Investors were warned against expecting a continued recovery in coffee prices, even as robusta beans strengthened their foothold back over $1,600 a tonne, while arabica futures sought their first three-day winning streak since early October.
Commerzbank said that the "restraint" exercised by robusta coffee sellers in Vietnam, the top producer of the variety, may continue to support London-traded futures in the short term.
Vietnam's exports fell 34% to 61,100 tonnes in October, the first month of the 2013-14 crop year, below an initial forecast of 65,000 tonnes, the country's official statistics office said on Wednesday, driving futures up 2.4%.
"Estimates for November [exports] are likewise well below their year-on-year equivalents," the bank said.
The declines defy an ongoing harvest which looks like ending up at a record 1.7m bags, and would be expected to weigh on prices.
'We anticipate a correction'
"It is likely that the short-term-oriented financial investors active on the market will further cut their net short positions," giving extra support to futures for now, Commerzbank said.
Speculators in robusta coffee cut their net short position – the extent to which short bets, which profit when values fall, exceed long holdings, which benefit when prices rise – by 2,302 lots to 8.490 lots in the week to November 19.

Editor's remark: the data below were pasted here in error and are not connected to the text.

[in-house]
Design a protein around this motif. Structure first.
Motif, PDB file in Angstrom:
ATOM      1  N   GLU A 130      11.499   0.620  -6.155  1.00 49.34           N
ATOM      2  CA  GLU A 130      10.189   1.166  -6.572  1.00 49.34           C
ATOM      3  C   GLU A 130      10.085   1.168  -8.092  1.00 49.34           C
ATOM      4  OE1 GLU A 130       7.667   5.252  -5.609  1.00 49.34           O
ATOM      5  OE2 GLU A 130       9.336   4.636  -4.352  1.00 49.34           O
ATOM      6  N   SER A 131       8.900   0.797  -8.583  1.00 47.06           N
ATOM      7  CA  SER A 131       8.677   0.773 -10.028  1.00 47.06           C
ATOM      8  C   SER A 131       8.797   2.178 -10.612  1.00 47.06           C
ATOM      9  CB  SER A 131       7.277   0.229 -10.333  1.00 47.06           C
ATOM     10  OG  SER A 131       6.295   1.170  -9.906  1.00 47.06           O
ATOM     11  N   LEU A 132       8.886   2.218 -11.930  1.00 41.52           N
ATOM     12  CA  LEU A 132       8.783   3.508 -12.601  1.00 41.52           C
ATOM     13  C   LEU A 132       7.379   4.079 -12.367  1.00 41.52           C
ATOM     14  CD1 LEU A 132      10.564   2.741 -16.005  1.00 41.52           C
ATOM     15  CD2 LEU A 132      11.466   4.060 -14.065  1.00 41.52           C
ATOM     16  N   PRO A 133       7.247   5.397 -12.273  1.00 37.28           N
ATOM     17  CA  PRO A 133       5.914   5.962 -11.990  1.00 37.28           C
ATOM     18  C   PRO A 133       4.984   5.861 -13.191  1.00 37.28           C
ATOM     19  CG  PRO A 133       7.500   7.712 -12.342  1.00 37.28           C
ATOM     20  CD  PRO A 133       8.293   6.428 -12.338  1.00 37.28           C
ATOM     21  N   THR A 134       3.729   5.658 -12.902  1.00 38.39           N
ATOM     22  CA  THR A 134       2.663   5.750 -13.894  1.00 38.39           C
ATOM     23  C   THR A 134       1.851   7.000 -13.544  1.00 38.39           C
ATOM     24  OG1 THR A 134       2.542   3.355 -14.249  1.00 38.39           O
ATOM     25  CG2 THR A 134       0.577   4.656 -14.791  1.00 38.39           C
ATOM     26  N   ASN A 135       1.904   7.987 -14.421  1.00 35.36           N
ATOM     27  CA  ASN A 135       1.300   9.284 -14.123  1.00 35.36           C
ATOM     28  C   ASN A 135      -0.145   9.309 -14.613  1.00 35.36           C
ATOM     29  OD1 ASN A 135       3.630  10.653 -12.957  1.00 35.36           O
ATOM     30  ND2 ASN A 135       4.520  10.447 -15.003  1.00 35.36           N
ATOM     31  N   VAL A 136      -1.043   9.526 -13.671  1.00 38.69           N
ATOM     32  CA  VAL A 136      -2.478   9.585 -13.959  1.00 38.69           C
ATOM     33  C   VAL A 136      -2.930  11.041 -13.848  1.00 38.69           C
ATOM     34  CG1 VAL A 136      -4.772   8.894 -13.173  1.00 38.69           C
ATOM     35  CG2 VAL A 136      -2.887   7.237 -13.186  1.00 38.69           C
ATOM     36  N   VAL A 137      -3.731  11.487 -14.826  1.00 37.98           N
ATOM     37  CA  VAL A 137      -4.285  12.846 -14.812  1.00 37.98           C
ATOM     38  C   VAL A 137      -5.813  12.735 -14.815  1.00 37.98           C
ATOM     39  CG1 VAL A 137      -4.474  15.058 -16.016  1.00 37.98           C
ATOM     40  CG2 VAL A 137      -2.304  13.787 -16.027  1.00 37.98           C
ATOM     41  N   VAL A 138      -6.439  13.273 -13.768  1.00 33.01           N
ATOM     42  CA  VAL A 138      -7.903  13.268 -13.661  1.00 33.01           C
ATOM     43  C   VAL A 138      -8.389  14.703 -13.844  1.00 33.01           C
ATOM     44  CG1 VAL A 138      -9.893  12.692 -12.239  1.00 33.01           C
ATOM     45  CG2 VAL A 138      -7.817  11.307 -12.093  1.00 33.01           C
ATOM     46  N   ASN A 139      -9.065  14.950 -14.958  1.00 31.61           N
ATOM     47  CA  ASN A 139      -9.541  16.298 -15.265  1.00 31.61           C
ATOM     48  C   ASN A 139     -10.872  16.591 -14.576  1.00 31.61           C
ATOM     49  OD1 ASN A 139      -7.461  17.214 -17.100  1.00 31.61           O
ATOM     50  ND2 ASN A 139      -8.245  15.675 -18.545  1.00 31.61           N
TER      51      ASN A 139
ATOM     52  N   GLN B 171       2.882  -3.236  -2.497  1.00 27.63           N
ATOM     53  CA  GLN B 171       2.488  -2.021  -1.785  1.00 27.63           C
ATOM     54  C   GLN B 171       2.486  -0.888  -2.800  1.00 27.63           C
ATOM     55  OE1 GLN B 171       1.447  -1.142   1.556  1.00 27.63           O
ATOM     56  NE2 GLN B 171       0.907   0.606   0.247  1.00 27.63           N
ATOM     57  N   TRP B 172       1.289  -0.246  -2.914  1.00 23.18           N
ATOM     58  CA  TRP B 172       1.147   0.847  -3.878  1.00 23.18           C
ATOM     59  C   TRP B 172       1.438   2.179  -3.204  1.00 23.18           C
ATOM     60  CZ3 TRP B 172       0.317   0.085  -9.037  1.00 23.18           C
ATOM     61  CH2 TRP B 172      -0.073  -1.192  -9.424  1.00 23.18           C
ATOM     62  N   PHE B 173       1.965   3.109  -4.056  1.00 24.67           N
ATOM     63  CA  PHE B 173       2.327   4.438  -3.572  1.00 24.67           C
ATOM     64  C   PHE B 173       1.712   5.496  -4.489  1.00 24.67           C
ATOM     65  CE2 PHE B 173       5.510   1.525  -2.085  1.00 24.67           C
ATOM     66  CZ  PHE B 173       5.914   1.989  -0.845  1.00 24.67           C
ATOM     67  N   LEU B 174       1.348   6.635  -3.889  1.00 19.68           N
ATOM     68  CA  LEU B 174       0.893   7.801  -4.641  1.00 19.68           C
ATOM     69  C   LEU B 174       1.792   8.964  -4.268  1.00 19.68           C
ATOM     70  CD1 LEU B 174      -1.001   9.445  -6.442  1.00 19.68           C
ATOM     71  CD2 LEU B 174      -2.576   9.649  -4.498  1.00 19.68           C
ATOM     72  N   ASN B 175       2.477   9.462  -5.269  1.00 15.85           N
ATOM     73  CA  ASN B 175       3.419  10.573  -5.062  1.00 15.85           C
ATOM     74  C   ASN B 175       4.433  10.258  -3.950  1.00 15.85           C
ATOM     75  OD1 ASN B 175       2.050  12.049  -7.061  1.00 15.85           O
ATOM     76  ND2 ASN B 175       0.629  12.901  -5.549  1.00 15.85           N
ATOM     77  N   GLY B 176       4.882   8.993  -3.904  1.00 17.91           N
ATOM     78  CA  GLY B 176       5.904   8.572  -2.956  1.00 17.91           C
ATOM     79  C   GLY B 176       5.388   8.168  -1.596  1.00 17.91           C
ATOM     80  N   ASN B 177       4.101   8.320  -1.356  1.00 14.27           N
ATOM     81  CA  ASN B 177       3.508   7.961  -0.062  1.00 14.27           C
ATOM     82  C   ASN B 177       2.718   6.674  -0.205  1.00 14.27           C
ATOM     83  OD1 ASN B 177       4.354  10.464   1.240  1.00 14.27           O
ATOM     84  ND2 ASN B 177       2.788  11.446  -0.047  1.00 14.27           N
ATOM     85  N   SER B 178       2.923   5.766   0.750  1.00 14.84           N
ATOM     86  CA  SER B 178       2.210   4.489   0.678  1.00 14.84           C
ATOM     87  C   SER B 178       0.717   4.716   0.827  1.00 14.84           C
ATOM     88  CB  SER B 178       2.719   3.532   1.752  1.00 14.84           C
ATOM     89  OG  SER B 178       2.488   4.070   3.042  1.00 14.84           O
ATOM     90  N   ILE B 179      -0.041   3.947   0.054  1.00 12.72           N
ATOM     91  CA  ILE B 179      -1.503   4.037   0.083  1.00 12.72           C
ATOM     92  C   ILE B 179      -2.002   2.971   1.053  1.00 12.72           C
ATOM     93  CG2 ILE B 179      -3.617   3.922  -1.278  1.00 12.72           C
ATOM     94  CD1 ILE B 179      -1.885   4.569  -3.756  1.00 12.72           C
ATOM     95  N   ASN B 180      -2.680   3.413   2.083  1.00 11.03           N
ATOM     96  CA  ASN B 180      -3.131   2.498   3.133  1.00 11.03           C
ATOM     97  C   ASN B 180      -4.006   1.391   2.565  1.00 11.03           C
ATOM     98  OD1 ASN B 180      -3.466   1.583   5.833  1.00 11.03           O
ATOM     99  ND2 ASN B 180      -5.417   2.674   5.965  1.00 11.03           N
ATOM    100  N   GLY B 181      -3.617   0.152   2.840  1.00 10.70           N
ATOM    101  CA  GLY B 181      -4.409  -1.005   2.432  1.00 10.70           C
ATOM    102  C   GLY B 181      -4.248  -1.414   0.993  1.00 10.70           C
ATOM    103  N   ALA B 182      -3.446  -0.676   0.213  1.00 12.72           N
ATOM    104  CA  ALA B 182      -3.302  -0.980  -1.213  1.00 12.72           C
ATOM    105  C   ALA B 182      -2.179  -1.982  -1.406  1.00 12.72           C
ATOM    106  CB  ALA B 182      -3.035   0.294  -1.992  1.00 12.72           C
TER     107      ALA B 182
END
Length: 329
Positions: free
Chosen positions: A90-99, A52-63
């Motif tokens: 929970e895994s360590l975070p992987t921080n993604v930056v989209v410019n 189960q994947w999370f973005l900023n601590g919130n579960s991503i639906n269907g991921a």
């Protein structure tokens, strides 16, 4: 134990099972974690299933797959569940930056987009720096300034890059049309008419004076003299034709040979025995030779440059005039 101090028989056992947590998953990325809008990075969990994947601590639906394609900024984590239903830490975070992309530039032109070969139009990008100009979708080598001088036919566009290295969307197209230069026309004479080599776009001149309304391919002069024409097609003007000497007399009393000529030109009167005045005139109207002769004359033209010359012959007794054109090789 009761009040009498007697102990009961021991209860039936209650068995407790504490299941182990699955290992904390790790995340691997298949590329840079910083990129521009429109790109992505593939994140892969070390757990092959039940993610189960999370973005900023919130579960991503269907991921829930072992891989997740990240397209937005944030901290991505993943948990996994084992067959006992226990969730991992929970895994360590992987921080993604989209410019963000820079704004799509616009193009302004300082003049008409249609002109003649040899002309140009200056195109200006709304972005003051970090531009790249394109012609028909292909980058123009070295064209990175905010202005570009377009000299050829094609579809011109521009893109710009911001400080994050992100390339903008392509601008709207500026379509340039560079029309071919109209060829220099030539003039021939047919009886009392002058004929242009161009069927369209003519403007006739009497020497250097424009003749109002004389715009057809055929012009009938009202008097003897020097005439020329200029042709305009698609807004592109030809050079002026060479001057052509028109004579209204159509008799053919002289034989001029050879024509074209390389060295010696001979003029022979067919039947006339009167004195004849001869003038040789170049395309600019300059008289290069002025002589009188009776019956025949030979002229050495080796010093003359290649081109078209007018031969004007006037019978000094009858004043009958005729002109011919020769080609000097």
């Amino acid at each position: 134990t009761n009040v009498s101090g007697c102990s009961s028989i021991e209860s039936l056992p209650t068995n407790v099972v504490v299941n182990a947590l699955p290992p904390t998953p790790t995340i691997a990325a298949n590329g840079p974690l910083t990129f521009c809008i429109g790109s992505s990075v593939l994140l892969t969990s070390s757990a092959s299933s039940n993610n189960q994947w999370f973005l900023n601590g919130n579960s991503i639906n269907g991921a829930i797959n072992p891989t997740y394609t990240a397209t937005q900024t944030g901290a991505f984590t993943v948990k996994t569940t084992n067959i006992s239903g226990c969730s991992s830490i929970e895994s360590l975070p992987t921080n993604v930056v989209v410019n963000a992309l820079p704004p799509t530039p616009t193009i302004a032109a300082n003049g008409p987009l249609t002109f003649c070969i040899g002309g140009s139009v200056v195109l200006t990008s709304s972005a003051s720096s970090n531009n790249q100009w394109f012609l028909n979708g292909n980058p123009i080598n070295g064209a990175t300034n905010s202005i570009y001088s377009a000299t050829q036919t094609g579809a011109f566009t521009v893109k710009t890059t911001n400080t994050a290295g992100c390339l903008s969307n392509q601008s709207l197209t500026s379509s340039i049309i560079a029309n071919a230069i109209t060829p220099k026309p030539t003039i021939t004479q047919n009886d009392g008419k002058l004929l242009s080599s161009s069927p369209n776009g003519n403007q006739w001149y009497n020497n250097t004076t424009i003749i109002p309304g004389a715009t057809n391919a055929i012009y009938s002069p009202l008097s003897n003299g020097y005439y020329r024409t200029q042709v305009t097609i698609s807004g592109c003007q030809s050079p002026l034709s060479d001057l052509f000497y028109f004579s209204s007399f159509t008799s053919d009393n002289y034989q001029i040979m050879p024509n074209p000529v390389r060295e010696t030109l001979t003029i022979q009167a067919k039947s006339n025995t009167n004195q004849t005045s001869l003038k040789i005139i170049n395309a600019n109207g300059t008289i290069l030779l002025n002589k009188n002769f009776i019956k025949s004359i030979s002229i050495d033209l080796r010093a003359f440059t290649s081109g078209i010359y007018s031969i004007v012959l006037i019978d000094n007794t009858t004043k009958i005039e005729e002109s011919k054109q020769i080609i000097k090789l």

However, the extent of Vietnam's harvest will weaken the discipline among robusta sellers, boosting exports and undermining prices.
"We remain sceptical about whether Vietnam will continue to be able to withhold exports for any prolonged period," the bank said.
"We anticipate a correction in the foreseeable future, assuming the prospect of a record crop does not change."
Separately, Societe Generale downgraded its forecast for arabica coffee futures to levels below the futures curve, albeit not foreseeing any lasting drop below 100 cents a pound for the first time since 2006, as some other commentators such as Macquarie have done.
With Colombia's output recovering strongly, as trees mature which were put in during a campaign to replant with varieties resistant to coffee rust, and Brazil set in 2014 for an "on" year in its cycle of higher and lower producing years, these extra supplies "will only add to the global surplus", SocGen analyst Christopher Narayanan said.
The bank raised by 1.2m bags to 5.6m bags its forecast for the world production surplus in 2013-14, raising its estimate too for the surplus last season, by more than 900,000 bags to 10.9m bags.
"We maintain that tightening will not be seen until at least the 2015-16 marketing year, barring any significant drop in Central American coffee production due to leaf rust disease," Mr Narayanan said.
Nonetheless, arabica futures for March stood 0.1% higher at 108.90 cents a pound in morning deals in New York,
In London, robusta futures for January added 0.8% to $1,615 a tonne.
Adapted from: agrimoney.com